Two of Oahu's most popular beaches are experiencing erosion at unprecedented levels. Kuhio Beach in Waikiki and Sunset Beach on Oahu's North Shore are more than 40 miles apart, but the growing winter swells and extreme tides have caused rapidly shifting sands in both spots.
At Kuhio beach, an old concrete wall along the shoreline resurfaced seemingly overnight. It poses a safety risk to tourists who walk, swim and learn to surf at the spot. The city of Honolulu trucked in sand to cover the concrete, but the solution was short-lived; after only one day, half the new sand had been swept away. Experts told the city that tidal bulge -- or higher than normal high tides -- was causing the rapid erosion, and the city has since decided to wait until the bulge is over to try replenishing efforts again.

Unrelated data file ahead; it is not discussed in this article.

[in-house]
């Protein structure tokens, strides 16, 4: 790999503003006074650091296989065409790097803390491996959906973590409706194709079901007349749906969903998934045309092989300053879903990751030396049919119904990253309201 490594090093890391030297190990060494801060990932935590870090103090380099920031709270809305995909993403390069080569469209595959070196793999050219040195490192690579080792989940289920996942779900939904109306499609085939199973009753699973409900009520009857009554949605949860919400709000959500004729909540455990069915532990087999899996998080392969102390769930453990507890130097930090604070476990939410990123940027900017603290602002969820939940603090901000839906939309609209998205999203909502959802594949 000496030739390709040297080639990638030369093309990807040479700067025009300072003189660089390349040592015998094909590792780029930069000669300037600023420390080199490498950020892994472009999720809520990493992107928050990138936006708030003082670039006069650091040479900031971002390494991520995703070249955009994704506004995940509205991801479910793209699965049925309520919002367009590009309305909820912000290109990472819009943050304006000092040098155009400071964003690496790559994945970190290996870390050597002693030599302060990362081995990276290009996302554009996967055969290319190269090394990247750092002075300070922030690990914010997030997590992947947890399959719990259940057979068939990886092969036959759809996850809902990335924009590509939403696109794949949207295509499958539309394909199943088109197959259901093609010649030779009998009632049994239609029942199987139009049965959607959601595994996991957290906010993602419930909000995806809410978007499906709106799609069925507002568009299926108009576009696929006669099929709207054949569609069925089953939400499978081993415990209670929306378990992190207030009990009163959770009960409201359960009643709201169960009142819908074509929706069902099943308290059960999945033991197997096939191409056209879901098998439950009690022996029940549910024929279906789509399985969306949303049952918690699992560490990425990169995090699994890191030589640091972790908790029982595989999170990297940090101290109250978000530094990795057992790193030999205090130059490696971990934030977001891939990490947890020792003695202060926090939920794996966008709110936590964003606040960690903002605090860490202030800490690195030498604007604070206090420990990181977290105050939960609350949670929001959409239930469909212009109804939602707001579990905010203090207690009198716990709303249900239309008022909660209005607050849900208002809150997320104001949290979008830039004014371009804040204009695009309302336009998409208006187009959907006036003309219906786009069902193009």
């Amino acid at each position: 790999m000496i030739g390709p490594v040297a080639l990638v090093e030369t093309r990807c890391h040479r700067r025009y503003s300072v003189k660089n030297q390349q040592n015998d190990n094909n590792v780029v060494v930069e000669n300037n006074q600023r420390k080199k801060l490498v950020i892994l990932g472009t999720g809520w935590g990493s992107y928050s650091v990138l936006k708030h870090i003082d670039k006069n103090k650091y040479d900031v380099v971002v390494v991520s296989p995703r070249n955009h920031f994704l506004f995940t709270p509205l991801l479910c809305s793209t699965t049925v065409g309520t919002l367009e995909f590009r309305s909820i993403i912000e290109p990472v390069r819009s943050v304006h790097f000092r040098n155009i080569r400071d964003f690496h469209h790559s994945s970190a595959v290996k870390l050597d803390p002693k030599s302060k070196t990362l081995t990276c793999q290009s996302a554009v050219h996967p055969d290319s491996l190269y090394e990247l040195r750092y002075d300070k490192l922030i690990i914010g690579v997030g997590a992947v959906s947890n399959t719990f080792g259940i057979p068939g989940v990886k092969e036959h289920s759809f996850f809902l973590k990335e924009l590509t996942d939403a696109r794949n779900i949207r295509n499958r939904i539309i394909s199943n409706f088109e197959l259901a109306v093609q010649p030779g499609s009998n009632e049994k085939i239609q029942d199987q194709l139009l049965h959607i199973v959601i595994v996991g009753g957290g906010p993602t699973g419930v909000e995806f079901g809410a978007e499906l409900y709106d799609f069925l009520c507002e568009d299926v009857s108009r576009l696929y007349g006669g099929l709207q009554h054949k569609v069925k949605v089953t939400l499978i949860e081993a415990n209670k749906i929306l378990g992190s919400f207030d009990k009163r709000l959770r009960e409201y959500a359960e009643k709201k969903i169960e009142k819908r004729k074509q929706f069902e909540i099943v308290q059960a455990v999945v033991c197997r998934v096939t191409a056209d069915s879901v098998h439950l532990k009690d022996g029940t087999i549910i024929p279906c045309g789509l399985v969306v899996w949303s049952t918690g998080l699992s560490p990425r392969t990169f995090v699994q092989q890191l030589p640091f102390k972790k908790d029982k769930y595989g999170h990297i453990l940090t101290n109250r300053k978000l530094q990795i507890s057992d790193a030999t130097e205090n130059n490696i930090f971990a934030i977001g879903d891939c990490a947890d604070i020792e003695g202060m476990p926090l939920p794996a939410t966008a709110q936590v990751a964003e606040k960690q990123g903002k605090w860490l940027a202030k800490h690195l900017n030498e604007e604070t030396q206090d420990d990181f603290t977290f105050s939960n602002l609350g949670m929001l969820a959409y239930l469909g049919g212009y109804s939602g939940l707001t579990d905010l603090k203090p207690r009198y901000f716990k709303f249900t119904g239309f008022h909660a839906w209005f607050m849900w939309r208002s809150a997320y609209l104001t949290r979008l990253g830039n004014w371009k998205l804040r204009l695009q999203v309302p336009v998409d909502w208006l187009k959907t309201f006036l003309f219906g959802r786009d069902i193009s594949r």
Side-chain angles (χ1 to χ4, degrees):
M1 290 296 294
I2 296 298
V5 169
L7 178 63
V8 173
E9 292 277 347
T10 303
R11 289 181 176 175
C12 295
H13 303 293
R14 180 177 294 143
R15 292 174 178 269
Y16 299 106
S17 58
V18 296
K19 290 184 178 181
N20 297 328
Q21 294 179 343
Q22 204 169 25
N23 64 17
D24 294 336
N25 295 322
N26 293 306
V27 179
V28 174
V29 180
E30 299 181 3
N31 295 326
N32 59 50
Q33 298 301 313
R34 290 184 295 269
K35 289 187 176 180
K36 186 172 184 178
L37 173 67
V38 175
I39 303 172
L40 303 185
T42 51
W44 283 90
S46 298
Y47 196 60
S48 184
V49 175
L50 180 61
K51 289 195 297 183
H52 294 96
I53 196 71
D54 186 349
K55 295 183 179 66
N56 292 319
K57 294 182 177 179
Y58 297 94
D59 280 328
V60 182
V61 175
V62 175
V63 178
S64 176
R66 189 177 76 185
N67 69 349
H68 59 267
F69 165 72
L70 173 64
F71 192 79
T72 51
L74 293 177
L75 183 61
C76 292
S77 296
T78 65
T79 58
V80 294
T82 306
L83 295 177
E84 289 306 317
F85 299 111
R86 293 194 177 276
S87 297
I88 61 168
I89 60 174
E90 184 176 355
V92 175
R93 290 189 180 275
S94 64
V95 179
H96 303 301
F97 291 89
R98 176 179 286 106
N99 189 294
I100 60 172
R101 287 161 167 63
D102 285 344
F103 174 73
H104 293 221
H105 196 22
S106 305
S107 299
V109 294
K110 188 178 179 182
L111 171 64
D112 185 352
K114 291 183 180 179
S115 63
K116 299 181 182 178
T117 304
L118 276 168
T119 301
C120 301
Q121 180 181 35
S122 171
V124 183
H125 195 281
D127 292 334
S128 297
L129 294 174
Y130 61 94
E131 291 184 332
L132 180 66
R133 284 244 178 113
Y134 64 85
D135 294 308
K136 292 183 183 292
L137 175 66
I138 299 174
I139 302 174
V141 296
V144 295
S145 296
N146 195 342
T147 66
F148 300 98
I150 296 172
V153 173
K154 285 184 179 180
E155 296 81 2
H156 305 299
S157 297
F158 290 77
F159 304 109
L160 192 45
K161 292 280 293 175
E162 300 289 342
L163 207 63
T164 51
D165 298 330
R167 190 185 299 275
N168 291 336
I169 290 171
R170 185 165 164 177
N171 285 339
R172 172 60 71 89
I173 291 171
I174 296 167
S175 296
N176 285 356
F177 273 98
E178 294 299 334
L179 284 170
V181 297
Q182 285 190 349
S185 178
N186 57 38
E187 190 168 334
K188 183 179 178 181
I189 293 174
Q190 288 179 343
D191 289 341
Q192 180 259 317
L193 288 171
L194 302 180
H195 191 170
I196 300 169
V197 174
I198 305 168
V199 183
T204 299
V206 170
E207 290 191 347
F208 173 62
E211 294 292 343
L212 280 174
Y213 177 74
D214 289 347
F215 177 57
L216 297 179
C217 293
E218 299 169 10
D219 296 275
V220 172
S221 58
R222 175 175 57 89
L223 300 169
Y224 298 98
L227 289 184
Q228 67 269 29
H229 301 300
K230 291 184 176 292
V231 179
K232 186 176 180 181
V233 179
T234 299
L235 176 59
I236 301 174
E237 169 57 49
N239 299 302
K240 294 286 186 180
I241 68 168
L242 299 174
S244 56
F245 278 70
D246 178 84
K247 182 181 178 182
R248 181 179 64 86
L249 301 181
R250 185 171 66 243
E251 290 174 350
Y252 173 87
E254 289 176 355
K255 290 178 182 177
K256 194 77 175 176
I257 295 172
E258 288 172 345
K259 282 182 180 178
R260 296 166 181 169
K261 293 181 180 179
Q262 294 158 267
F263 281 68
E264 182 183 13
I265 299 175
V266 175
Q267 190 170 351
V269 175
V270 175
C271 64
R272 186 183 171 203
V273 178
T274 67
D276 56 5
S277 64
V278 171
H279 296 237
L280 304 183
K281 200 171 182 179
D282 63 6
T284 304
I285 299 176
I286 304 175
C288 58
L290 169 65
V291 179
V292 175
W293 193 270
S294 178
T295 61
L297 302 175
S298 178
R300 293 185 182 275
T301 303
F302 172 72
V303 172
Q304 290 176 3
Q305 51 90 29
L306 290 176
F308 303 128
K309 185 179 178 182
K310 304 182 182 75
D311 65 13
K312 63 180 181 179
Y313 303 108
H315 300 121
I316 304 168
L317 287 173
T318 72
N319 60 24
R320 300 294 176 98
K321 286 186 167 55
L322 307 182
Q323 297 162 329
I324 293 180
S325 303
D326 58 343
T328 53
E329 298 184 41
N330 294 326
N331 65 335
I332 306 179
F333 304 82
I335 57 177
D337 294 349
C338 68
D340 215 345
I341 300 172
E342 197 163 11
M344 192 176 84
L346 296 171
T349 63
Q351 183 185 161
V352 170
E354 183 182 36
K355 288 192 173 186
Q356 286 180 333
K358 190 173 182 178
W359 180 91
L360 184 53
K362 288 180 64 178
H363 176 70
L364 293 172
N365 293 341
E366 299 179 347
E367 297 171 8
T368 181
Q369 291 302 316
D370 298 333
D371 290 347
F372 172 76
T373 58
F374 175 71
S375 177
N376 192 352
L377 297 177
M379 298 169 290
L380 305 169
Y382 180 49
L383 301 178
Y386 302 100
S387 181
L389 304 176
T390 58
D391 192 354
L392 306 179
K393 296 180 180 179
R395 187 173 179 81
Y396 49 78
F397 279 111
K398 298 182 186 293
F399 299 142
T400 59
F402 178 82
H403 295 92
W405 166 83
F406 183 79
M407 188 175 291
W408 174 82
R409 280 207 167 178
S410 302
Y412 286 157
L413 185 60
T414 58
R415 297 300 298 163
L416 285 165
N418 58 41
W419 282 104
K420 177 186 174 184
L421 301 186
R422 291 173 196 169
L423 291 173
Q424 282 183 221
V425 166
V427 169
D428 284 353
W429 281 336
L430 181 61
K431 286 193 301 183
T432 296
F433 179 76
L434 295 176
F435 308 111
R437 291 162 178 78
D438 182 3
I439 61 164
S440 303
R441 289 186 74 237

Since Waikiki was actually wetland until it was developed as a tourist destination, interfering with the beaches' natural patterns is nothing new, according University of Hawaii geology and geophysics professor Chip Fletcher. "Waikiki Beach has not been in a natural state for nearly a century," he told Hawaii News Now. "It's a heavily engineered and managed environment and as such it's appropriate to think of it as environmental infrastructure, just like our highway infrastructure."
Over on Oahu's North Shore, the shifting sands are causing problems for several homeowners. As the northeast swells gain momentum and power, a handful of houses are seeing years of erosion in a matter of days. Backyards, staircases, and even a swimming pool have been swept away in the past weeks. Sunset Beach homeowner Ryce Reeves told KITV that he's lost 15 feet of property in the past few days. "There's not much you can do," he said matter-of-factly. "We're at the mercy of nature here."